A Better Place to Be

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"A Better Place to Be"
Single by Harry Chapin
from the album Sniper and Other Love Songs
Released October 1972
Recorded 1972
Genre Folk rock
Length 6:25
Label Elektra Records
Songwriter(s) Harry Chapin
Producer(s) Fred Kewley
Harry Chapin singles chronology
"Sunday Morning Sunshine"
(1972)
"A Better Place to Be"
(1972)
"WOLD"
(1974)

"Sunday Morning Sunshine"
(1972)
"A Better Place to Be"
(1973)
"WOLD"
(1974)

"A Better Place to Be" is a song by Harry Chapin from his 1972 album, Sniper and Other Love Songs. The song is about a midnight watchman confiding in a waitress, while drinking gin, about a woman that he met the night before and had a one-night stand .

Released as a single, the song reached #118 on the Billboard Bubbling Under chart. A live version, from the 1976 album Greatest Stories Live, reached #86 on the Hot 100 chart.

According to Chapin, it was his favorite song that he wrote.

Story[edit]

The song begins with "a little man" sitting at a bar, looking glum. The waitress, who is described as a "big ol' friendly girl", notices this in him and asks him what his problem is. The little man ignores the waitress at first, but after "a couple of sips" of gin, he begins to tell her his story.

The song then takes the little man's point of view as he states that he is a midnight watchman at a place called Miller's Tool & Die. One week earlier, he goes to a diner and sees a beautiful girl. Though worried that she's too good for him, the little man still attempts to "give her one good try." Stammering, he makes a fool of himself, but the girl takes his offer, saying in the song's refrain:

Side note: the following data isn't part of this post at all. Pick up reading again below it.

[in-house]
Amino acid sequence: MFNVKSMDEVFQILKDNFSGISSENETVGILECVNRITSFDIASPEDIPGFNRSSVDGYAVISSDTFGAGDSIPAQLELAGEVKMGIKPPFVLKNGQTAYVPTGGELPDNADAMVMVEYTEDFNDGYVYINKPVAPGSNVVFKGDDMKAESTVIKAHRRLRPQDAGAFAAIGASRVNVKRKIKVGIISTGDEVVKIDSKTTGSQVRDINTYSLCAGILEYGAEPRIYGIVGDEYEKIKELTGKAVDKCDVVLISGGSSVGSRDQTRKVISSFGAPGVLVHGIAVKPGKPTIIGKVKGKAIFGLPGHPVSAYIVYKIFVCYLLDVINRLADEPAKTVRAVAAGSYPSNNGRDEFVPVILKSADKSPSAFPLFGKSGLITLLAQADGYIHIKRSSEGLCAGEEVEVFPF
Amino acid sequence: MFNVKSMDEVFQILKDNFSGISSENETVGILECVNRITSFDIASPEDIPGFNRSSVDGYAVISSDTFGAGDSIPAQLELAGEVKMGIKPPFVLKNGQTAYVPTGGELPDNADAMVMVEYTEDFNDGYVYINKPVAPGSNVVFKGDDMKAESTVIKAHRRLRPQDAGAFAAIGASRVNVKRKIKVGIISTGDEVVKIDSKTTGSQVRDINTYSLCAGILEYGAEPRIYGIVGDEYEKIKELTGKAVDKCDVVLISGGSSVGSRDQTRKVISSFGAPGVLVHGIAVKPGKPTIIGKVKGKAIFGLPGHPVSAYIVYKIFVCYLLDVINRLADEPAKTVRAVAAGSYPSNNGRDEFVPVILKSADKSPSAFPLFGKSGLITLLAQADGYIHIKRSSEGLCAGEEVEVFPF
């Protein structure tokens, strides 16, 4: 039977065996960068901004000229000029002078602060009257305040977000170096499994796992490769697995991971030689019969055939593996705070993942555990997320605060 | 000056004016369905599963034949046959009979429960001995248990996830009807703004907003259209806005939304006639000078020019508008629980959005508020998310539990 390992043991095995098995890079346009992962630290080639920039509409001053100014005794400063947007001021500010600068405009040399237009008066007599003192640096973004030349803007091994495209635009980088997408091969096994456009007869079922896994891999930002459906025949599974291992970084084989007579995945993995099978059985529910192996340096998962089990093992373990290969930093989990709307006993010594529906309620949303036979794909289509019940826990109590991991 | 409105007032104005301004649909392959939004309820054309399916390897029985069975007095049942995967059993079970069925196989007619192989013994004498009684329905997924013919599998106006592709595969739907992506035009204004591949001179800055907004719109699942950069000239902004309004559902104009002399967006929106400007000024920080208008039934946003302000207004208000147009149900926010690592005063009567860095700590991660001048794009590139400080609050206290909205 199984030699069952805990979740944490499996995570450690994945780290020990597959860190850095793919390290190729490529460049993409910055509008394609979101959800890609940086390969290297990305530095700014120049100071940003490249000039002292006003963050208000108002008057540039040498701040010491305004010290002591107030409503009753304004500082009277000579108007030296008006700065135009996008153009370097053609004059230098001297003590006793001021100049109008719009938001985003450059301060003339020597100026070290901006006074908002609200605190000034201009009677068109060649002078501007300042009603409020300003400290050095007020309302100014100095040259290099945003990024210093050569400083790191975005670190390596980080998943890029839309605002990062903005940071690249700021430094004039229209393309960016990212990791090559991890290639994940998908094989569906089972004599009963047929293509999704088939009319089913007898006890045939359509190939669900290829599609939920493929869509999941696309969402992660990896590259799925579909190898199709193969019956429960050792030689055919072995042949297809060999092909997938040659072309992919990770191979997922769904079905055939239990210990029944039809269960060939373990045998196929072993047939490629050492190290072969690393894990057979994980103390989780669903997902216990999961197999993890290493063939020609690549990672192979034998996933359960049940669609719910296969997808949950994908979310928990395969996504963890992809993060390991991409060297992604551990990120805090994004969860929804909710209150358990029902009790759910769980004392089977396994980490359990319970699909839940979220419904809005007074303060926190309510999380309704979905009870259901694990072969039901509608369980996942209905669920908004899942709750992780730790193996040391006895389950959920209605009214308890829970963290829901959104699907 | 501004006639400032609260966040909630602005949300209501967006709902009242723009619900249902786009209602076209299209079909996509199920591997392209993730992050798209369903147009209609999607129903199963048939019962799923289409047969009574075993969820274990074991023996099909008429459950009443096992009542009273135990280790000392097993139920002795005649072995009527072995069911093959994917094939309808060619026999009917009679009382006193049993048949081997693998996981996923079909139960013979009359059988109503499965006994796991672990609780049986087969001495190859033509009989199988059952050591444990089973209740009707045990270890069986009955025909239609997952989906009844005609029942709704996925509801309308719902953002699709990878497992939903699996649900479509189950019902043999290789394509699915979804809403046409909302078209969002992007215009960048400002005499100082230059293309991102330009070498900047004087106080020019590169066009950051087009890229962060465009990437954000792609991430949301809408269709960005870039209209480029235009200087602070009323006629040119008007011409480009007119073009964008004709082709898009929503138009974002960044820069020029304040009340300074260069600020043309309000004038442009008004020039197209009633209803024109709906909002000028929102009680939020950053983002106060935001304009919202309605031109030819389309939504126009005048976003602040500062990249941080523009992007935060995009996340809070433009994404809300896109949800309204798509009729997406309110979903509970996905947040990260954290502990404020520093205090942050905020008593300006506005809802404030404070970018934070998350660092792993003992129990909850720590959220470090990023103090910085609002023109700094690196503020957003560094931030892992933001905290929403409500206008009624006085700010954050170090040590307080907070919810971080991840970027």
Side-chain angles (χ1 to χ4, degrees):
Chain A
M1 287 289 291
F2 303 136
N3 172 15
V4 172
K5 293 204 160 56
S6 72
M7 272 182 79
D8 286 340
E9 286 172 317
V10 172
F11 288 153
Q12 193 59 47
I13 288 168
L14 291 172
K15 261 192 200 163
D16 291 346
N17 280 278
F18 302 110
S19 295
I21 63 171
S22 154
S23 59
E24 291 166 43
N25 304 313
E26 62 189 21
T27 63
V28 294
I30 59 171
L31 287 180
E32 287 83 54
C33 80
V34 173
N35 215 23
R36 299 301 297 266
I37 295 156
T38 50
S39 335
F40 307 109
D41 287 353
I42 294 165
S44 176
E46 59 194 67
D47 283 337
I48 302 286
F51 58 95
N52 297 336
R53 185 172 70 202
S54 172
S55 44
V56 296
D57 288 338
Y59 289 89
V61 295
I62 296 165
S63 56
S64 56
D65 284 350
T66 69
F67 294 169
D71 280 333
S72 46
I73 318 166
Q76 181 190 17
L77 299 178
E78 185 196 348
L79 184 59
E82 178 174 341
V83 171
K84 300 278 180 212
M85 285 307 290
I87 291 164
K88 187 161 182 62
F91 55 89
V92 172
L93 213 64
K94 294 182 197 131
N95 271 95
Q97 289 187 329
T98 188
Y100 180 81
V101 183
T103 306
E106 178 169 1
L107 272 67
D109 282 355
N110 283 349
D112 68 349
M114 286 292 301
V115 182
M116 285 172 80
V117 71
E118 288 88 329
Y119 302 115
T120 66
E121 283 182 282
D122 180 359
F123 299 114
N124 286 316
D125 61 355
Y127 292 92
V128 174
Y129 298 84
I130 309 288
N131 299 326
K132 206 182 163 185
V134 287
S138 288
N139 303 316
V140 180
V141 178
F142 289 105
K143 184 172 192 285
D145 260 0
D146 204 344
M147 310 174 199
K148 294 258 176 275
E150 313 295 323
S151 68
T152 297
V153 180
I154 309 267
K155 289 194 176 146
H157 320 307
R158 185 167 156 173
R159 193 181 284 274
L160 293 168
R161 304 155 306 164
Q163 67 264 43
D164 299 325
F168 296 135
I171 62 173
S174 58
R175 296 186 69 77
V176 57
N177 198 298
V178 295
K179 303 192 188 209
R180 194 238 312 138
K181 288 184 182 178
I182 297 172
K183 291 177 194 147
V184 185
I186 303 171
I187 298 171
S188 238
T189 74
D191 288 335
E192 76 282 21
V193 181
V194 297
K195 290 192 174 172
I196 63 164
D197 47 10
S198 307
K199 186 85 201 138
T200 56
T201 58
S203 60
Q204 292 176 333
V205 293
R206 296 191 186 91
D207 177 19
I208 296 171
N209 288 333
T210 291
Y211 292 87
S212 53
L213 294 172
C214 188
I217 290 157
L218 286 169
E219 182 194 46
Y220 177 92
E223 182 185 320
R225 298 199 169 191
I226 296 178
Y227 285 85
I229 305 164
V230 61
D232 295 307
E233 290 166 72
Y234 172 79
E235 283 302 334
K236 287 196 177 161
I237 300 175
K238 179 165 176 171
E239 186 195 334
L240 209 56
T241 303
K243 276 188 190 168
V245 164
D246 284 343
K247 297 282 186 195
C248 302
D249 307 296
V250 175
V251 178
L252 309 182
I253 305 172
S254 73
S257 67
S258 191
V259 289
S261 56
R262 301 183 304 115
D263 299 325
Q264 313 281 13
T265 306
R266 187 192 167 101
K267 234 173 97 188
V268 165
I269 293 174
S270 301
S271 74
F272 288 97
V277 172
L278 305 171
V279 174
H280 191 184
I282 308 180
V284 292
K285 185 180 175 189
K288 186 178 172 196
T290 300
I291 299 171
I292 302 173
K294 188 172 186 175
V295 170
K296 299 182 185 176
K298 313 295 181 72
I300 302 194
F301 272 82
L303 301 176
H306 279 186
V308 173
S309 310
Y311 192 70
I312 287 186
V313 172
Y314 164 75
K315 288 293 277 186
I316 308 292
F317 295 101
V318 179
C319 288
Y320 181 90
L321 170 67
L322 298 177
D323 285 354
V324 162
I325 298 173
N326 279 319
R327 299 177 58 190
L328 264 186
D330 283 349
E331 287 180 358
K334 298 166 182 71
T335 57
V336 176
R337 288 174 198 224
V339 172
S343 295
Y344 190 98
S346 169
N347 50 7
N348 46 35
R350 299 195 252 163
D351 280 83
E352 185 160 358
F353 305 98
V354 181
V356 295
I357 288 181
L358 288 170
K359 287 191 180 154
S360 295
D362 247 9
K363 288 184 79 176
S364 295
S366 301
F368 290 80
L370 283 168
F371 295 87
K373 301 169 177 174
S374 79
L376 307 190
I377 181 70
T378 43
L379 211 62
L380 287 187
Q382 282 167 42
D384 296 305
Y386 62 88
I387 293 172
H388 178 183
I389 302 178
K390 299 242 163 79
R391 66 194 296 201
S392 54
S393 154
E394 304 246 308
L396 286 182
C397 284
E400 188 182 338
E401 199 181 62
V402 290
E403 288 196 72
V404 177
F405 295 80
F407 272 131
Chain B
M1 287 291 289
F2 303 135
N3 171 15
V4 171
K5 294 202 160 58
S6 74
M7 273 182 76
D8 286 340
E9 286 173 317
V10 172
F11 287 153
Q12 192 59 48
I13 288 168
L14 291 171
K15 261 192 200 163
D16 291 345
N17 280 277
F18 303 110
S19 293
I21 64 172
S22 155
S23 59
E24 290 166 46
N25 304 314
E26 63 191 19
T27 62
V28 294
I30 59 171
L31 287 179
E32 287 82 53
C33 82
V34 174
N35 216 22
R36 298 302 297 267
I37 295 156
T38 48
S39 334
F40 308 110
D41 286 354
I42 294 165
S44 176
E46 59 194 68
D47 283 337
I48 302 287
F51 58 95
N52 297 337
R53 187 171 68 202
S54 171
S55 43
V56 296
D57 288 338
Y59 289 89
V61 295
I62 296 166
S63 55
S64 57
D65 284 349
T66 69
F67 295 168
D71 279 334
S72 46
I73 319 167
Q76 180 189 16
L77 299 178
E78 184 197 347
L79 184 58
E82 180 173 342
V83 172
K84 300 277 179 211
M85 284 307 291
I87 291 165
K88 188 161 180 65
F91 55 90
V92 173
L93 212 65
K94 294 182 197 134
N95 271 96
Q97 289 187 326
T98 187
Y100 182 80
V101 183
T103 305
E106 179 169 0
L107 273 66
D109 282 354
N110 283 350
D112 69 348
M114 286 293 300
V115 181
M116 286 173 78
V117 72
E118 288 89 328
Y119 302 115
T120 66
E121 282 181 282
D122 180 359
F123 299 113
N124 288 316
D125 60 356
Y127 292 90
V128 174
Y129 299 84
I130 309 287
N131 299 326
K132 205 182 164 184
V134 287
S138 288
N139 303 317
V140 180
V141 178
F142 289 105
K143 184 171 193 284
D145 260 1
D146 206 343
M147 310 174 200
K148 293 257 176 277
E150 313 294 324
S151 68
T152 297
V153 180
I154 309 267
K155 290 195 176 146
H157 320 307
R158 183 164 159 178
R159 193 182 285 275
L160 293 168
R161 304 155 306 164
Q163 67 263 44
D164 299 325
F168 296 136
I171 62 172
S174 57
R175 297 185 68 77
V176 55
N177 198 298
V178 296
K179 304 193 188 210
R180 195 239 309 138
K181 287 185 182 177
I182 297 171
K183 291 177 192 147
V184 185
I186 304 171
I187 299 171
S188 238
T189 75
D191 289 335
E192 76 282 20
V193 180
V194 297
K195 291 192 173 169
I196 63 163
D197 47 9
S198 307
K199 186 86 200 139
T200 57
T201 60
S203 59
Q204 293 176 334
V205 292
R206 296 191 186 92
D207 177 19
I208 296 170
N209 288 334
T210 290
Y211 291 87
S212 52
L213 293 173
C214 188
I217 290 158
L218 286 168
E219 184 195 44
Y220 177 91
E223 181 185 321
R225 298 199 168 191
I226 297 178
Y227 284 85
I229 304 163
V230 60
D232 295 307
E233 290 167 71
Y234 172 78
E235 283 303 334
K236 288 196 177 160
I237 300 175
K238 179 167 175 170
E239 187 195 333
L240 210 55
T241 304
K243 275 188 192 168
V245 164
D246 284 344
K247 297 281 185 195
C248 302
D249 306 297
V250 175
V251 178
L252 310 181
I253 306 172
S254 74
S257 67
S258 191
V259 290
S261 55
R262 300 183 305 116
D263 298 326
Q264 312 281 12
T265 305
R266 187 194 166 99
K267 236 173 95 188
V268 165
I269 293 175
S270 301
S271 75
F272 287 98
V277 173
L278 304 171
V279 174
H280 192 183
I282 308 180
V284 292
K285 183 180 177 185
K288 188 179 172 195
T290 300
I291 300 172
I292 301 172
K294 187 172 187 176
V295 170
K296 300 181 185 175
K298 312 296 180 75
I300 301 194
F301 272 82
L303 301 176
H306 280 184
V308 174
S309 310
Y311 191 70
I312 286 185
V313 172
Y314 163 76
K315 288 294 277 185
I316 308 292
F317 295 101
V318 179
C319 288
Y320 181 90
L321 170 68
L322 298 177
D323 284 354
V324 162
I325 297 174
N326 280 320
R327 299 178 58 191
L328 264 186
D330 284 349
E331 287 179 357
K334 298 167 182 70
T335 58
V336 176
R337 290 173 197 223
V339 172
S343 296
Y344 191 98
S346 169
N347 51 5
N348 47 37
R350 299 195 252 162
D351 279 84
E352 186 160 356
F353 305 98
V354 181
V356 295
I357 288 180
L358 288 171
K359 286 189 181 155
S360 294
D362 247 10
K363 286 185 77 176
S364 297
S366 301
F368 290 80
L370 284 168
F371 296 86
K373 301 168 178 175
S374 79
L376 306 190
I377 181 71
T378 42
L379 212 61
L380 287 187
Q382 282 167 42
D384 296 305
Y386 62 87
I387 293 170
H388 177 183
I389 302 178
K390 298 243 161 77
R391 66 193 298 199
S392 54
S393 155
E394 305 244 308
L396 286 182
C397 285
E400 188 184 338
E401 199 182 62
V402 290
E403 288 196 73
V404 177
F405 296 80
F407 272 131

If you want me to come with you
then that's all right with me
Because I've been goin' nowhere
And anywhere's a better place to be

The little man takes her home and attempts to turn on the lights as he enters his room, but the girl tells him to leave the lights off because she "doesn't mind the dark". The little man cannot believe his good luck, and tries again to speak to the girl, who says only:

If you want to come here with me
then that's all right with me
because I've been oh so lonely
Loving someone is a better way to be.

The next day, the little man watches her sleep and leaves early so he can return and surprise her with breakfast. When he returns, he finds she has gone, leaving behind a "six word letter, saying 'It's time that I moved on.'"

After the little man's story, the tearful waitress tells him she wishes that she too were beautiful so she could go home with the little man. He responds to the waitress a "crooked grin", finishes his drink, and acknowledges their shared loneliness by repeating the song's first refrain. He says if she wants him to go home with her "that's alright with [him]" implying he will go home with her.

Although Harry often wrote songs about his own life experiences, it is not known if the "early morning bar room" or factory in Watertown actually existed or does today.

Chart Performance[edit]

Weekly Charts[edit]

Chart (1972–73) Peak
position
U.S. Bubbling Under Hot 100 Singles 118
Canadian Adult Contemporary 51

Live Version[edit]

"A Better Place to Be (Live)"
Single by Harry Chapin
from the album Greatest Stories Live
Released April 1976
Recorded 1976
Genre Folk rock
Length 9:59
Label Elektra Records
Songwriter(s) Harry Chapin
Producer(s) Stephen Chapin, Fred Kewley, Paul Leka
Harry Chapin singles chronology
"Dreams Go By"
(1975)
"A Better Place to Be (Live)"
(1976)
"Flowers Are Red"
(1978)

"Dreams Go By"
(1975)
"A Better Place to Be (Live)"
(1976)
"Flowers Are Red"
(1978)

The song was released as a single on the live album, Greatest Stories Live. While introducing the song, Chapin states he came up with the song while visiting Watertown, New York, claiming he "spent a week there one afternoon". The live version was, until 2015 (when David Bowie's Blackstar took the title), the longest song to chart on the Billboard Hot 100.[1]

Chart Performance[edit]

Weekly Charts[edit]

Chart (1976) Peak
position
U.S. Billboard Hot 100 [2] 86
Canada RPM Top Singles 80

Year-end Charts[edit]

Chart (1976) Peak
position
U.S. Billboard Hot 100 456

External links[edit]

References[edit]

  1. ^ "The Longest & Shortest Hot 100 Hits: From Kendrick Lamar, Beyonce & David Bowie to Piko-Taro".
  2. ^ "Billboard, A Better Place to Be".